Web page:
- Can only be placed on known managed devices, so you still need scanning, at a minimum, for asset discovery.
"Vulnerability-assessment technology needs to be able to deploy an agent whenever possible and support agentless where it is not possible," says Chenxi Wang, a principal analyst for Forrester Research. "Agents give a much more in-depth view of the configuration of a device and the services running on it. There's no comparison in the information you are able to see."
An in-between approach is to use temporary agents, which can be placed on a target device to gather information in the absence of a scan, then deleted when the job is done.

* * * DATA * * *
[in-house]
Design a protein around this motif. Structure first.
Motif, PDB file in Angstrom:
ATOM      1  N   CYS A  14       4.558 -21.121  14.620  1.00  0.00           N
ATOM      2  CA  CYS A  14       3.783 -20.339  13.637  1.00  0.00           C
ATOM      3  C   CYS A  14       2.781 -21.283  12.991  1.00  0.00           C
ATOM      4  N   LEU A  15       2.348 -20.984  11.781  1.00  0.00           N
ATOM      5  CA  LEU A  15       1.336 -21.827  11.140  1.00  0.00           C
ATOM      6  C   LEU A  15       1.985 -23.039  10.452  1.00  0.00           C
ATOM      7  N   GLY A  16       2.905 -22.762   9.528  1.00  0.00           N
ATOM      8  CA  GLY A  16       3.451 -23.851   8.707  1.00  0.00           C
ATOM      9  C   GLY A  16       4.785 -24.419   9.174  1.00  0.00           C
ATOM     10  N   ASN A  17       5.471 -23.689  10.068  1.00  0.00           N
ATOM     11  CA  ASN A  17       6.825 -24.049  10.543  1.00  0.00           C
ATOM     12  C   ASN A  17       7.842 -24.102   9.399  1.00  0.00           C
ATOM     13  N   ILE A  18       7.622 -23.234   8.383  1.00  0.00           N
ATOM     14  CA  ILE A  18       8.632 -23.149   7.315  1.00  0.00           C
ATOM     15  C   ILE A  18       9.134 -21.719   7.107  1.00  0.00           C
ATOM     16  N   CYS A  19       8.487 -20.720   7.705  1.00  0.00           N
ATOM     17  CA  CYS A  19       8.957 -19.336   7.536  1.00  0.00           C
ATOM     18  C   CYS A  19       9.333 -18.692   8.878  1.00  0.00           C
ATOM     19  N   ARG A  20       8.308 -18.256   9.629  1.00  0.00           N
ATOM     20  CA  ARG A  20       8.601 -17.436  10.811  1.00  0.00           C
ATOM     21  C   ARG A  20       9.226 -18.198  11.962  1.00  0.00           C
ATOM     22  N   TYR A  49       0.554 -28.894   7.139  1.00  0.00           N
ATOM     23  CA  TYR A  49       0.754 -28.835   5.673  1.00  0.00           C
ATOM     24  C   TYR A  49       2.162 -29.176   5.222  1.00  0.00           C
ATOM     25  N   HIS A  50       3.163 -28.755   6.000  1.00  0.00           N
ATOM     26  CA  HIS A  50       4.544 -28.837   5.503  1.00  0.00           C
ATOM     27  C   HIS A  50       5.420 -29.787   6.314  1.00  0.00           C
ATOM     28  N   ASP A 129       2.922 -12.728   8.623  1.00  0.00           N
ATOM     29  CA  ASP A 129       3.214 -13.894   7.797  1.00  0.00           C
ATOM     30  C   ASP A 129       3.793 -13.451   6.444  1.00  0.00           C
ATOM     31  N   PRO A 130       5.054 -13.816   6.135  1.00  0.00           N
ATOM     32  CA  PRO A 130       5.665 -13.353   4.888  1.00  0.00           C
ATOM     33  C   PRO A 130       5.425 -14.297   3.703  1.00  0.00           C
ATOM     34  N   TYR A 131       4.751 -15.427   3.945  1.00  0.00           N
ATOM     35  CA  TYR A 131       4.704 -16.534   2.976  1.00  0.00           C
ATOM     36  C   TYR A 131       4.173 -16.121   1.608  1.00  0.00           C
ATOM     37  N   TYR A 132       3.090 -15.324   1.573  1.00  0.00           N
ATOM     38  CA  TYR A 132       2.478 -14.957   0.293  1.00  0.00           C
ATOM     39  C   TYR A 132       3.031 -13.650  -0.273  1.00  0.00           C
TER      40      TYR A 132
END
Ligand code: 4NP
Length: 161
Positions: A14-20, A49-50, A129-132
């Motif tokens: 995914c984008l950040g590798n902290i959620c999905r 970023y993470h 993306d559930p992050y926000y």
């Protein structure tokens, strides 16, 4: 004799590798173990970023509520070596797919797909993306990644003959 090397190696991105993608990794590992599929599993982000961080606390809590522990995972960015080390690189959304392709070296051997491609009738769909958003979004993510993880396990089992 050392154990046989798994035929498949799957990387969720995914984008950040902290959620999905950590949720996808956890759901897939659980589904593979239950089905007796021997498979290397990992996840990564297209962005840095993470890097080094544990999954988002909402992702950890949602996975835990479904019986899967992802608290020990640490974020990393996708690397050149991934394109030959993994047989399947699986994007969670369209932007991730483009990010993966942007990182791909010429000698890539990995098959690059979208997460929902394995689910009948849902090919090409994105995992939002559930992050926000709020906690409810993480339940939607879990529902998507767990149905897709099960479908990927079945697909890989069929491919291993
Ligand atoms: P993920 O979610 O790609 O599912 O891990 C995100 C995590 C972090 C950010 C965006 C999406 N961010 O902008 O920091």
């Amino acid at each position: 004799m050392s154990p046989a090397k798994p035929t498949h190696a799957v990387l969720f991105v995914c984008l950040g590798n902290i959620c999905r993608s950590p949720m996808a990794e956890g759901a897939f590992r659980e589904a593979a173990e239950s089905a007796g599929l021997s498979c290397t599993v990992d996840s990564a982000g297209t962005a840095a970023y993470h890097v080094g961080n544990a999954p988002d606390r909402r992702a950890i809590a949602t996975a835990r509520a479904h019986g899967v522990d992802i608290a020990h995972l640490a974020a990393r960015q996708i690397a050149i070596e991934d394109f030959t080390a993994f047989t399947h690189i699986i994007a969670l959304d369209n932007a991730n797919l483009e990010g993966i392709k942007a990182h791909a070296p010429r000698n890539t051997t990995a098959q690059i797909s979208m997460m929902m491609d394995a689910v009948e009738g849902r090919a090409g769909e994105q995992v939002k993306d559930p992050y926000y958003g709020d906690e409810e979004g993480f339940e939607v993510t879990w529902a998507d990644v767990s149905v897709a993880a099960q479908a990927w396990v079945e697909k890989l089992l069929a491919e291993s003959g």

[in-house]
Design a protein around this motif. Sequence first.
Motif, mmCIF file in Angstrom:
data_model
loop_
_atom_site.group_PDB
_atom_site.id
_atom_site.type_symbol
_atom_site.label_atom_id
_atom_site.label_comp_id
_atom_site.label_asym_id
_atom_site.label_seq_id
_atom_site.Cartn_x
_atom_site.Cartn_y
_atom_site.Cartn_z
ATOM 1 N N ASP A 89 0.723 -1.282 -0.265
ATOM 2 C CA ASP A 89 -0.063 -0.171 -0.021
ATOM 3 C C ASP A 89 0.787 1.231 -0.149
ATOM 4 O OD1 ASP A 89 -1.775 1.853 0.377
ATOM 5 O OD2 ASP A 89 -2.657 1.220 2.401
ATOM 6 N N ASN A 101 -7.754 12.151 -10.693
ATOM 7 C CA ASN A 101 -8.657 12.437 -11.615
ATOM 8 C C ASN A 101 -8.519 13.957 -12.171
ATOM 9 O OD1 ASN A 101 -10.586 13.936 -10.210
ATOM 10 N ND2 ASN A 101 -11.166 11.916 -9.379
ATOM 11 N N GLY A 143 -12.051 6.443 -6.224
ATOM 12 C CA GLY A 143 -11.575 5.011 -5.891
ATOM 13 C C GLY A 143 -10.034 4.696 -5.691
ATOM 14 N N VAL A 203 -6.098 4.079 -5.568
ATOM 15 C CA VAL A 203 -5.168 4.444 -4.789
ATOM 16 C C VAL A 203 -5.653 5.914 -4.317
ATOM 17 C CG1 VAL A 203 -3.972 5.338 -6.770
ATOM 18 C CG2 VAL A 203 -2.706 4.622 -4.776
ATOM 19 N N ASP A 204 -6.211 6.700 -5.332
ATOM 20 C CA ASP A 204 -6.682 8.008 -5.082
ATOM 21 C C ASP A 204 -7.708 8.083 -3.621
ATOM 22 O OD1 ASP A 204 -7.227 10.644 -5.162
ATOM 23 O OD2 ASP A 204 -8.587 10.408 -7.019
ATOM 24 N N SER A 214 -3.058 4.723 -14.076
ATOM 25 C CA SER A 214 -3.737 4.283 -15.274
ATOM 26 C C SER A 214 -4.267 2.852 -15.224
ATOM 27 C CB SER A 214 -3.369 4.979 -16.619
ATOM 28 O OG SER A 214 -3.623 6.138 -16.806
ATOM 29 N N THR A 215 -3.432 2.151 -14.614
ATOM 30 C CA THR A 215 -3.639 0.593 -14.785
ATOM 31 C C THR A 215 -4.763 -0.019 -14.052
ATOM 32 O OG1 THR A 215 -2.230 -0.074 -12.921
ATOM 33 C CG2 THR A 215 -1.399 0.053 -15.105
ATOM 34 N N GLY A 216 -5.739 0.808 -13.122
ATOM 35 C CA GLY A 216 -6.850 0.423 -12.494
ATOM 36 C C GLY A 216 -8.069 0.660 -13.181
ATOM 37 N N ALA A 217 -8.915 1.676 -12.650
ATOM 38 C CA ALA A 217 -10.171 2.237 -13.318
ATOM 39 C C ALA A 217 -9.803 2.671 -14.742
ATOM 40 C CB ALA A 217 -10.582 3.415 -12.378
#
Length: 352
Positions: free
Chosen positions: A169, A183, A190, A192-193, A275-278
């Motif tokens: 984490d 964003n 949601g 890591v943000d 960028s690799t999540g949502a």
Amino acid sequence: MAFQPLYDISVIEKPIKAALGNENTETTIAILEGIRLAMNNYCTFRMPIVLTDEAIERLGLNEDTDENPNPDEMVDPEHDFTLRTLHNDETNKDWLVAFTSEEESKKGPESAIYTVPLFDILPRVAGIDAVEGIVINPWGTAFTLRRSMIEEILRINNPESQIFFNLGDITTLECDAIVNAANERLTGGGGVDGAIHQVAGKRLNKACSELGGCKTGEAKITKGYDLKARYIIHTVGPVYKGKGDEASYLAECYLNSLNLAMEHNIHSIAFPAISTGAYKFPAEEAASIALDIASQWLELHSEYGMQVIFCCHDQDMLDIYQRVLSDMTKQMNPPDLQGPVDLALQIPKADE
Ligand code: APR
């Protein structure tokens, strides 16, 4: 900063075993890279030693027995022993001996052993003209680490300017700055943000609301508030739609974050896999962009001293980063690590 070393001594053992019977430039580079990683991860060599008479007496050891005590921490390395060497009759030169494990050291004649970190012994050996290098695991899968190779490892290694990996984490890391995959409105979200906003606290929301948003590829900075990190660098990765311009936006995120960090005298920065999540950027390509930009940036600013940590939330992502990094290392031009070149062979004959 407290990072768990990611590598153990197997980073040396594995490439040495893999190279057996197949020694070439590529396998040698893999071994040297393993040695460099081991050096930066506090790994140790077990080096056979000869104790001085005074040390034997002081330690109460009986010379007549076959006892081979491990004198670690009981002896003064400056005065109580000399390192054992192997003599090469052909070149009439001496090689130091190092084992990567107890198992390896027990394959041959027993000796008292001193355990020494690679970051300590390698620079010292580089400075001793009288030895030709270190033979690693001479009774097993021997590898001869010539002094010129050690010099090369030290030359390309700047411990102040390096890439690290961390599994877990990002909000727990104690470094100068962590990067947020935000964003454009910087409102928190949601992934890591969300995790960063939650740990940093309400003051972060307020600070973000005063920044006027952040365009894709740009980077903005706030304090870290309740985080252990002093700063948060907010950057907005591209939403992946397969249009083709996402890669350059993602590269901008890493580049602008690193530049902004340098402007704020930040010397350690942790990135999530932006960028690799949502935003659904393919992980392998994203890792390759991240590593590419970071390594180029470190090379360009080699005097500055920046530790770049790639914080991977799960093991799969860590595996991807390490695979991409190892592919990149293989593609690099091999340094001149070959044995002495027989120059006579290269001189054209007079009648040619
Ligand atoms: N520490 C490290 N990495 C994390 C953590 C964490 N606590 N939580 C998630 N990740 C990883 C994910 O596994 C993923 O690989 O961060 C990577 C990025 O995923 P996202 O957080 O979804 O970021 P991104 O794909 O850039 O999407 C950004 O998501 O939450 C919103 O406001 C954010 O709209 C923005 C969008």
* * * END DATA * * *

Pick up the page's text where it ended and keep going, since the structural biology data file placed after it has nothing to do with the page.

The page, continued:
Patching and Beyond
Supporting the vulnerability management lifecycle: The core use case is still security patching. You find out which servers, routers and so forth that are on your network are running OSes or apps with particular vulnerabilities so you can apply the correct security patches. Then you re-scan to determine if the patch was applied successfully.
However, patching is likely to be inefficient and somewhat hit-or-miss without a formal vulnerability management program with well-defined policies and business risk assessment and change control processes. Mature enterprise-grade vulnerability management tools provide:
Asset discovery, giving organizations as complete a list as possible of authorized and rogue devices and applications on their networks.
Vulnerability detection, via agent-based or agentless technology.
Risk assessment, based on a combination of the severity of known vulnerabilities, the likelihood of exploit and the value the organization assigns to the vulnerable asset. This enables the prioritization of remediation.